CrowdStrike ended the first quarter with a record $3.6 billion in annual recurring revenue, but management believes that figure will grow 177% to $10 billion within the next five to seven years. That estimate may even be conservative considering how quickly AI is advancing, which will not only improve CrowdStrike’s defensive capabilities, but create new threats that will drive more cybersecurity spending in the security sector. corporations.

2. Meta Platforms: A social media giant turned AI developer

Meta Platforms is home to major social networks like Facebook, Instagram and WhatsApp, which serve 3.2 billion people every day. The company is already using AI to curate content feeds for each user on Facebook and Instagram to make sure they’re seeing posts that are most relevant to them. Last year, this resulted in increased engagement on both platforms, which gave Meta more opportunities to generate ad revenue.

But the company may have an even bigger AI opportunity in its large language model (LLM) called Llama. It’s the world’s largest open source model, so developers can use it for free to build their own AI applications, which allows Meta to gather its testing to make improvements faster. This is important because Llama is key to creating new AI features for Meta’s existing platforms.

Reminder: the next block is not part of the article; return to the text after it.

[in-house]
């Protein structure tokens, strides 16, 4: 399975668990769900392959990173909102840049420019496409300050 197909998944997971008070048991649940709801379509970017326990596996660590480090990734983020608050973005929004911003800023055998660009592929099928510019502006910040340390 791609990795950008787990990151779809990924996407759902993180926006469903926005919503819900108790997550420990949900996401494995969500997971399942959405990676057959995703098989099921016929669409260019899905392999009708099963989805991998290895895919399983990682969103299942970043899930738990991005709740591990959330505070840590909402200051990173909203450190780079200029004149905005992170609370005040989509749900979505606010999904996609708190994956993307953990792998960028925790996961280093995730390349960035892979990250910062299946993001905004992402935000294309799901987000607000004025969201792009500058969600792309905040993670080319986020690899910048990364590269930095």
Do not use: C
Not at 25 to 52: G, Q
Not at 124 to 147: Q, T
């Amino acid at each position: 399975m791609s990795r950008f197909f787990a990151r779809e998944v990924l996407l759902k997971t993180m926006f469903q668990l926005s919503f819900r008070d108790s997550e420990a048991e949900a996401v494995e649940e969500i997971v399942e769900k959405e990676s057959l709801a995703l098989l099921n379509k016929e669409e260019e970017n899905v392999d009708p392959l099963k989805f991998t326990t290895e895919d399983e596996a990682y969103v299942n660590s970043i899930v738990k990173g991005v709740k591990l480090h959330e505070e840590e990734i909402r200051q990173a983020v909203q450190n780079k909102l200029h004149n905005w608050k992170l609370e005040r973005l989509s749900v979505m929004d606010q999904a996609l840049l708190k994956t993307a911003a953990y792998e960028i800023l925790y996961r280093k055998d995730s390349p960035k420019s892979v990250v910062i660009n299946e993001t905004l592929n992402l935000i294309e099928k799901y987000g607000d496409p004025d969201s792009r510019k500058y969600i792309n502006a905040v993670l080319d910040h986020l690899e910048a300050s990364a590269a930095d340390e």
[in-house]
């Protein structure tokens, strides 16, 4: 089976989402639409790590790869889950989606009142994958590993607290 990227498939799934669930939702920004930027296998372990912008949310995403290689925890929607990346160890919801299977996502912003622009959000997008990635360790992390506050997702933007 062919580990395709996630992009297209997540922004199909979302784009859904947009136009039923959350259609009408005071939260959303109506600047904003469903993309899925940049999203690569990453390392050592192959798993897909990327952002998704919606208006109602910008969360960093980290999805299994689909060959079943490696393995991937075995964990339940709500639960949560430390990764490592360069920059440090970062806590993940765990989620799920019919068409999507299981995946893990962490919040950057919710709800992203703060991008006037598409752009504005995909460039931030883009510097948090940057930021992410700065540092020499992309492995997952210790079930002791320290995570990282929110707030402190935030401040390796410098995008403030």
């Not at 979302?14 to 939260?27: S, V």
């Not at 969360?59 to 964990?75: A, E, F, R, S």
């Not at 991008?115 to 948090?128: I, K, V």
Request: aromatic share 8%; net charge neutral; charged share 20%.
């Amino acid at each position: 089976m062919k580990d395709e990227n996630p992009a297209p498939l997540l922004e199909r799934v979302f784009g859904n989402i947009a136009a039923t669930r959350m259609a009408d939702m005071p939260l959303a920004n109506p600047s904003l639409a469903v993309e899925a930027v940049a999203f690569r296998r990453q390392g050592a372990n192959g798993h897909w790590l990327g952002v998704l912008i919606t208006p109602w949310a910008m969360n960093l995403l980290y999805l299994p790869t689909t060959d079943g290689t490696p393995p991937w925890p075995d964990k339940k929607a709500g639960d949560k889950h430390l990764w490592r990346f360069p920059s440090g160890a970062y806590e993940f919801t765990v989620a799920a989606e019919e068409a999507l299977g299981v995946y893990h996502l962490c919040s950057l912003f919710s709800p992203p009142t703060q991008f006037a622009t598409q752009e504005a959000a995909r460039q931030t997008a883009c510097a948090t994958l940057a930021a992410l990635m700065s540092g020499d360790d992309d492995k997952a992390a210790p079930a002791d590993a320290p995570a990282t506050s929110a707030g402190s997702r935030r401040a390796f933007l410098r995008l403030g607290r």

For example, the company launched a chatbot called Meta AI last year that users can access through Facebook, Instagram, Messenger and WhatsApp. It can answer complex questions and generate images like most chatbots, but it can also be added to group chats to make restaurant and travel recommendations, or even offer gift ideas. Meta AI is currently powered by the Llama 3, but the company is already training its next-generation model, which should offer even better capabilities.

Eventually, any business using Meta’s apps can have its own custom Meta AI-style chatbot that can handle incoming customer inquiries and potentially even process sales. This should create new opportunities for Meta to generate revenue.

Here’s the best part about Meta shares: It’s free. Based on the company’s trailing 12-month earnings of $17.41 per share, it trades at a price-to-earnings (P/E) ratio of 28.9. That’s a 9.4% discount to its 31.9 P/E ratio Nasdaq-100 index.

In 2025, Wall Street thinks Meta will generate $21.59 in earnings, which puts its forward P/E ratio at just 23.3. That means Meta stock would have to rise 36.9% by the end of next year just to trade in line with the broader tech sector.

If Cathie Wood is right about AI software, Meta stock could be an even bigger bargain today than the numbers above suggest, because there could be entirely new opportunities for AI monetization, while this story unfolds.

Randi Zuckerberg, a former director of market development and spokesperson for Facebook and sister of Meta Platforms CEO Mark Zuckerberg, is a member of The Motley Fool’s board of directors. Anthony Di Pizio has no position in any of the stocks mentioned. The Motley Fool has positions in and recommends CrowdStrike, Meta Platforms, Nvidia, Palo Alto Networks and Tesla. The Motley Fool has a disclosure policy.